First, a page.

is a very intriguing net.artist. She is dealing with an artistic practice which is classical in the sense of both its connection to a historical context as well as its deep roots in the fertile soil of a relatively young but thoroughly rich internet. We see a century of media art, with a focus on film and of course internet, in works that reflect the layers of narrative and interpretation of the world seen through these media. What is fascinating is that this reflection then replaces all other possible views. This talent, to mark history with a radical personal statement which is so strong in its poetic and at the same time analytic qualities that it becomes a truth, is what distinguishes good art from its mere decorative brothers and sisters.
Olia Lialina herself is a diva, a heroin like we know them from movies that became icons of their era. Her incessant involvement in and dedication to the development of a new language of our virtual time make her indispensible in net.art-historical studies, with her artworks as well as with her writings and analyses.
A rare example of an Olia Lialina work that has remained rather unknown is If You Want to Clean Your Screen (www.design.ru/olialia/olialia.htm). Lialina has over the years become a specialist in simple, effective, yet emotionally complex net.art works, next to browsercrashing masterpieces like for instance her 'Great Gatsby'. This sensitive complexity is a philosophical and psychological depth as experienced in life within the networks, life dominated by the internet and life as seen and lived through the computer and modem.
The worldwideweb is mostly an expanding shoppingmall where culture is mediocre or on the brink of being accepted (let alone respected) or ditched. With a thin and rather stiff hand Olia Lialina reaches out to you from the dark and gently offers to clean your screen. The awkward sensation that overwhelms one when seeing this seemingly single hand move up and down or left and right over the surface of a computerscreen, while it appearantly wipes it with a stamp, is a mixture of amusement, being spooked and pity for this fragile hand and its tiny cleansing tool. The stamp is clearly Russian and made me suspect it might have a message, as stamps usually 'carry' messages.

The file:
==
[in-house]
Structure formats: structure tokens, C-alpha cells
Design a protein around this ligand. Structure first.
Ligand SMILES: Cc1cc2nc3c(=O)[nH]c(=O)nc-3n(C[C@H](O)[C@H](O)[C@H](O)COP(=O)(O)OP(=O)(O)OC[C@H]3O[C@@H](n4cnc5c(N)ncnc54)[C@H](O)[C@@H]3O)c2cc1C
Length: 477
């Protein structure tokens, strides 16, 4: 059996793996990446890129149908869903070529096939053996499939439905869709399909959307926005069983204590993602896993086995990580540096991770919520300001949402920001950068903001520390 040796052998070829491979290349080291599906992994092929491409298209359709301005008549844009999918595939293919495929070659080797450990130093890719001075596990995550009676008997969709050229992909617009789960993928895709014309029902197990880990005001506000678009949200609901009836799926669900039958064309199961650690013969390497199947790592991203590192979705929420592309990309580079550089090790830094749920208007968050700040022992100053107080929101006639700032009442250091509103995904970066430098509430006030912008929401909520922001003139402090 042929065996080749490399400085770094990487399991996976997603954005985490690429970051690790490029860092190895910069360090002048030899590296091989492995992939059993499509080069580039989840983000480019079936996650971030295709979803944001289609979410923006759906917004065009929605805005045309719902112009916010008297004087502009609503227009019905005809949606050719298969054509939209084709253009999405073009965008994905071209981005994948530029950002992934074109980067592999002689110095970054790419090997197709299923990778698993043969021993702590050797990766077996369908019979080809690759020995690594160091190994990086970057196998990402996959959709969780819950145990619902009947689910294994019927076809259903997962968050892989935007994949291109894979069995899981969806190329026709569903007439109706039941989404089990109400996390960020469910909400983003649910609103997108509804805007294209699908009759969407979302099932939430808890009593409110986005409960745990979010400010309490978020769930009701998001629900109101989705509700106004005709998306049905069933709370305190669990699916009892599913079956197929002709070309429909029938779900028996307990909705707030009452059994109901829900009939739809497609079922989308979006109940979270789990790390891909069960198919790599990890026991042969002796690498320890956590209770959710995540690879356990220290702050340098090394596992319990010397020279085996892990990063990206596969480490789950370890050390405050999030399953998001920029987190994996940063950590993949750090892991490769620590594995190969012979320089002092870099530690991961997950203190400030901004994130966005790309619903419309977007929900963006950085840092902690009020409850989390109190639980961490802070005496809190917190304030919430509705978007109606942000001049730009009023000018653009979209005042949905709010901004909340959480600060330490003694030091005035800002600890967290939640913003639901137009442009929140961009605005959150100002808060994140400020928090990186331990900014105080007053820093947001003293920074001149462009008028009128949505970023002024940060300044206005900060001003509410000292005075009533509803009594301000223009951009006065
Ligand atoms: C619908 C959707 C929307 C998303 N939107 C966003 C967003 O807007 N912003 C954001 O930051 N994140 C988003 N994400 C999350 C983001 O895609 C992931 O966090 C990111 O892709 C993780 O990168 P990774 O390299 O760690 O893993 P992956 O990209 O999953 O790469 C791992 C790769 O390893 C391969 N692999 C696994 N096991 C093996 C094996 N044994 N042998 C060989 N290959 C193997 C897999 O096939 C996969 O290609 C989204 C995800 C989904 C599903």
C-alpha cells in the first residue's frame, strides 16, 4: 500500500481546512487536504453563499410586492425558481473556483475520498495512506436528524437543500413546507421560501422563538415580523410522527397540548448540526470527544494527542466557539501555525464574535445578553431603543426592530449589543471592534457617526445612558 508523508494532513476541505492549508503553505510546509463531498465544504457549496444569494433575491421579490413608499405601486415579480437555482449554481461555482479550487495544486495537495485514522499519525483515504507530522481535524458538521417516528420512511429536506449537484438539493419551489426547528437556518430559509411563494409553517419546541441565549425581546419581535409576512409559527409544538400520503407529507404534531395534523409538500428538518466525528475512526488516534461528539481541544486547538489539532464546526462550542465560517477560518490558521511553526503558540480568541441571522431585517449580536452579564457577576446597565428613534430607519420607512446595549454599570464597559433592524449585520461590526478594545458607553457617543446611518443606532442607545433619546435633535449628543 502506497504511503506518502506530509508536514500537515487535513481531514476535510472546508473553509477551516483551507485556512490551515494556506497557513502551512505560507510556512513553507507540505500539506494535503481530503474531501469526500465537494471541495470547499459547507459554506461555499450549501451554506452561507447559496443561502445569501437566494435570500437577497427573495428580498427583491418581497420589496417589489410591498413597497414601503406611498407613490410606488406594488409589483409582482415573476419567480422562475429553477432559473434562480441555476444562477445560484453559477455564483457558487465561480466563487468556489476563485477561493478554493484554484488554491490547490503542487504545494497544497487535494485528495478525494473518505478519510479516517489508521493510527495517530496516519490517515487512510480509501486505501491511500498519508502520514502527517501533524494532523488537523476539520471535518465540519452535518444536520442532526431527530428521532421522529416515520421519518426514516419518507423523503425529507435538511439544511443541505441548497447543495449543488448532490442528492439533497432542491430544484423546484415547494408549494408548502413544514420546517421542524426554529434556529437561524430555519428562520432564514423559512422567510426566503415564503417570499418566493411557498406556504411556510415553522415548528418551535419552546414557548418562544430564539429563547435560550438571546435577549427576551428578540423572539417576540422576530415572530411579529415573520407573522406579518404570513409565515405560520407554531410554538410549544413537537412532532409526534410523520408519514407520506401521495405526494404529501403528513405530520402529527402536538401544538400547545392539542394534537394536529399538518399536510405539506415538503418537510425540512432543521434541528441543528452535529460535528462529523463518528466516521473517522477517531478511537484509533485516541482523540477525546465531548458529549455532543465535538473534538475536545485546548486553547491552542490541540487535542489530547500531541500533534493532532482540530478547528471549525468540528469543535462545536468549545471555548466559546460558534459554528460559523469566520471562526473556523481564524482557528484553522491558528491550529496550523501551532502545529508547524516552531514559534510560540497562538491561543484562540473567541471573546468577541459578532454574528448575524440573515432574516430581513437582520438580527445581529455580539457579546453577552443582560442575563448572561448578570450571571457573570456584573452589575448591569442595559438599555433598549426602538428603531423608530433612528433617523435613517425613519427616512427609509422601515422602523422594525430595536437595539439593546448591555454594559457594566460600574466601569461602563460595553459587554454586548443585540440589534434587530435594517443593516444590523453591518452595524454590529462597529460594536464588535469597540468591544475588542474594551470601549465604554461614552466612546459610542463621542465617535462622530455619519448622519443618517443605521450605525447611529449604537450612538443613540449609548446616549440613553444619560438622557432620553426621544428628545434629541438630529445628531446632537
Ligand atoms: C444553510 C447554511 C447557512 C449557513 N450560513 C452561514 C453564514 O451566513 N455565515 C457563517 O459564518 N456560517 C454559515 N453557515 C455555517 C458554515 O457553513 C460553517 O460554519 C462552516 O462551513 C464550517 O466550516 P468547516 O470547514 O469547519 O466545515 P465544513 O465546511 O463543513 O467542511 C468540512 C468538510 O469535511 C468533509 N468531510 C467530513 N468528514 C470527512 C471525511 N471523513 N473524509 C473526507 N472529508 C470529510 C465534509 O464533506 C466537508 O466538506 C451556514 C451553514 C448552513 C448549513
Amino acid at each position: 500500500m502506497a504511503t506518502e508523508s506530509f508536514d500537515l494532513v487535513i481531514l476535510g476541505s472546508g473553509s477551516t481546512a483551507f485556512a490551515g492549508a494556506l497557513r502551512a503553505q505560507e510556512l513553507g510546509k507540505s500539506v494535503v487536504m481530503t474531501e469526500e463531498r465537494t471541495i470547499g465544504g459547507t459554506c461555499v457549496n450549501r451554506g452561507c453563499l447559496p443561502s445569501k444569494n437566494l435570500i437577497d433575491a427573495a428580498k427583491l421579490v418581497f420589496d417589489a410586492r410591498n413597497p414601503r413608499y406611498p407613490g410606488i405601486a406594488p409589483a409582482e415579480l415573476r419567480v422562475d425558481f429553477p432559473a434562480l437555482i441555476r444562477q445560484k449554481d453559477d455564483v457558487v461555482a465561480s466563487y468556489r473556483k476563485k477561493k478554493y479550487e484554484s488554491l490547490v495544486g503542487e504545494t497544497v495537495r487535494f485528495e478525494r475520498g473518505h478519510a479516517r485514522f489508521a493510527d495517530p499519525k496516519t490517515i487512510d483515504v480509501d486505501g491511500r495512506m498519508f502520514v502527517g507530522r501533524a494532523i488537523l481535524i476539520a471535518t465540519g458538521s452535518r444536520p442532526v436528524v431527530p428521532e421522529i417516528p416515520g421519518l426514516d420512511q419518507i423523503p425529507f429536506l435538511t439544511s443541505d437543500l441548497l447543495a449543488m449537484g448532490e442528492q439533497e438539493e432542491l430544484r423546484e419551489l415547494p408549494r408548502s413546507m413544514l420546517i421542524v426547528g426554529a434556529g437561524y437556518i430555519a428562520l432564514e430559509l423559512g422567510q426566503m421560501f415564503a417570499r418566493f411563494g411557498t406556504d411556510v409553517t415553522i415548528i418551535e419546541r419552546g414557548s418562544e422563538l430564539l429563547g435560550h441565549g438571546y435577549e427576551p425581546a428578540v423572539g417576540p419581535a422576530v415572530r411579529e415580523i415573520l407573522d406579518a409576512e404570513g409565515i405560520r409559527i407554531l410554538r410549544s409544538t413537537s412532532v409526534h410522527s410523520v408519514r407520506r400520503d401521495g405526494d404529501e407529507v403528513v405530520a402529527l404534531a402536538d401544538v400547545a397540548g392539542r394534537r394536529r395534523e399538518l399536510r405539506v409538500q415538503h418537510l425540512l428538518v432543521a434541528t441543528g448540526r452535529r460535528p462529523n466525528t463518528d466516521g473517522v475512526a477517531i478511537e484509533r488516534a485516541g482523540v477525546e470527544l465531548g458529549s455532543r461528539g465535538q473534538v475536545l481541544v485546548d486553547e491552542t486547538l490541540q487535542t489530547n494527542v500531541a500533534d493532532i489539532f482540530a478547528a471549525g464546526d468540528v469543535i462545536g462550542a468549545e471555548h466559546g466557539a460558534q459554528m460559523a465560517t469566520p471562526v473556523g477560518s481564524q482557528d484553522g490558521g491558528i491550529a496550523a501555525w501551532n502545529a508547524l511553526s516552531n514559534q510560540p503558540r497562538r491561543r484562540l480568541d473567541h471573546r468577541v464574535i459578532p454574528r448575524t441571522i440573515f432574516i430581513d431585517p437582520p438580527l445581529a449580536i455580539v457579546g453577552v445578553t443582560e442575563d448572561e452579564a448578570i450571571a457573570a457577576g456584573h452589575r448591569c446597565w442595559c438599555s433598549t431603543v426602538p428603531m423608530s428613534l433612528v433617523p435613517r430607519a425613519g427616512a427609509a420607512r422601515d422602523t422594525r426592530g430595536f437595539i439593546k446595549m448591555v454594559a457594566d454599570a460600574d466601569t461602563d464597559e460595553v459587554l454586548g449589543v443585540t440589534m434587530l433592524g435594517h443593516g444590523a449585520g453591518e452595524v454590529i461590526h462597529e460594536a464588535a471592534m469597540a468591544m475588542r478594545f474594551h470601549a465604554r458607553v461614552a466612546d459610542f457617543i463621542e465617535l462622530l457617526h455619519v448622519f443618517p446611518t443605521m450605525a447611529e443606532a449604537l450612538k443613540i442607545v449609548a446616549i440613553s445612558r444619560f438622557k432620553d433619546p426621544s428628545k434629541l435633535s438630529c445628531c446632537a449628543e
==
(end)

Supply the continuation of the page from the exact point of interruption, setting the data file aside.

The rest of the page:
In this case however the message is overtly obscure and left to the viewers cognitive preferences, or should I say: the workings of his or her mind. It could signify the location of the hand or the server it is on. It could insinuate a superiority of Russian or more precise Olia Lialina's net.art works. It might remind us of some physical roots we still have in this world, as the stamp represents the postal system of postmen, cargo trains, boats and airplanes while the image on the stamp (a woman in traditional clothing) represents history, tradition and countrylife. Olia Lialina will never tell us, but she will continue cleaning our screen.
This piece was sold to a private collector.